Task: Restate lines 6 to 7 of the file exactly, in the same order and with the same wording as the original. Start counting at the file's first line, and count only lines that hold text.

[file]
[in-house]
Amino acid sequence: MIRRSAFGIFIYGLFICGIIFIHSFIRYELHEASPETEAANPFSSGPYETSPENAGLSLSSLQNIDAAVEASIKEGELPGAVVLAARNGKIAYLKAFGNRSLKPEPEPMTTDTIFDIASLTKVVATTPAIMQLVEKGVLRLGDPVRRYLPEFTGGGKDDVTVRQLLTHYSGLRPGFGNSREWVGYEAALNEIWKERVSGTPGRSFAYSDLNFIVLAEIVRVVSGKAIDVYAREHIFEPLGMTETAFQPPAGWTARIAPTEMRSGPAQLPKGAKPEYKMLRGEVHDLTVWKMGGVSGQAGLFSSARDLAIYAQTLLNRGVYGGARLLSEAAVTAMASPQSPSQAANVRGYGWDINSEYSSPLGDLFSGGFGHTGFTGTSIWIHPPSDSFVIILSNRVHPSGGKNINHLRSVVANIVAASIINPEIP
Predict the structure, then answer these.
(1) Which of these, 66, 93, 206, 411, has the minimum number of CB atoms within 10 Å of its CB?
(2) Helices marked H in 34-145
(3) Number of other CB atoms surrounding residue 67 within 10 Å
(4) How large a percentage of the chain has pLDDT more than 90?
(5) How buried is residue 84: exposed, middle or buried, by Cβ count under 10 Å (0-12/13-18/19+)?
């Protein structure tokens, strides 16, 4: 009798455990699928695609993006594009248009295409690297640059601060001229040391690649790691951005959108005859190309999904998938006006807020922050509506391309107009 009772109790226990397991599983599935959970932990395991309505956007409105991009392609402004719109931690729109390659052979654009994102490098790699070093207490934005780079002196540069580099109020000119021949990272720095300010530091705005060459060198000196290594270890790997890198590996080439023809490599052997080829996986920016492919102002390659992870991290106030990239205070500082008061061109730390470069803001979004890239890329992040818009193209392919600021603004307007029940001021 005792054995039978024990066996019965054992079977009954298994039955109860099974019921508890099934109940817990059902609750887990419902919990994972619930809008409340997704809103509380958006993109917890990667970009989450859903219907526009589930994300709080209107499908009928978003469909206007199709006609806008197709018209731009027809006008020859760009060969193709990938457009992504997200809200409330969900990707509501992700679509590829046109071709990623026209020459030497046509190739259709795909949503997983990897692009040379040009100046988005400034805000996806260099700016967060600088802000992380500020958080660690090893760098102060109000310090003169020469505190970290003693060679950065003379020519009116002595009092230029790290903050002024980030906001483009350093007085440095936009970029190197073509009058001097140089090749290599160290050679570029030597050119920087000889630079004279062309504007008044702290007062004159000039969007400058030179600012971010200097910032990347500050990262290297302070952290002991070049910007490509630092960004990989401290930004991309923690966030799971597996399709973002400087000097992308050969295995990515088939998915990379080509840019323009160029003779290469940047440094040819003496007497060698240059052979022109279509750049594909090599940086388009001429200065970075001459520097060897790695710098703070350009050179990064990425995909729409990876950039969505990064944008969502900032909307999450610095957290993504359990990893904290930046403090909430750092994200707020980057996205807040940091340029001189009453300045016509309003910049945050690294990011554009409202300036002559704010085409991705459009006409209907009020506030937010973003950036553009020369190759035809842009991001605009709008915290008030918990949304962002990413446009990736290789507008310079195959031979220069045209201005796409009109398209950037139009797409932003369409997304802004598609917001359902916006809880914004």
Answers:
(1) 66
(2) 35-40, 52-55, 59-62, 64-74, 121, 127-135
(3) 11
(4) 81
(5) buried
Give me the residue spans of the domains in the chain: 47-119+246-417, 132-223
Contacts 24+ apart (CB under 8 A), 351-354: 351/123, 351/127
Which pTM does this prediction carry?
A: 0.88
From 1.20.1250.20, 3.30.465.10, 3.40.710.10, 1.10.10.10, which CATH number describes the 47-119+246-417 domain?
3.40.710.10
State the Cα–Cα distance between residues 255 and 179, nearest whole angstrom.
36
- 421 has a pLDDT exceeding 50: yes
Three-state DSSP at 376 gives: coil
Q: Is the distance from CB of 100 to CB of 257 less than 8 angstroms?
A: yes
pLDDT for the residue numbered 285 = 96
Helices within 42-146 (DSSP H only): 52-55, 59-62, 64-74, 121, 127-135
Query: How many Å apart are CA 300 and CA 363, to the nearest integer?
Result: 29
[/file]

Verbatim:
(3) Number of other CB atoms surrounding residue 67 within 10 Å
(4) How large a percentage of the chain has pLDDT more than 90?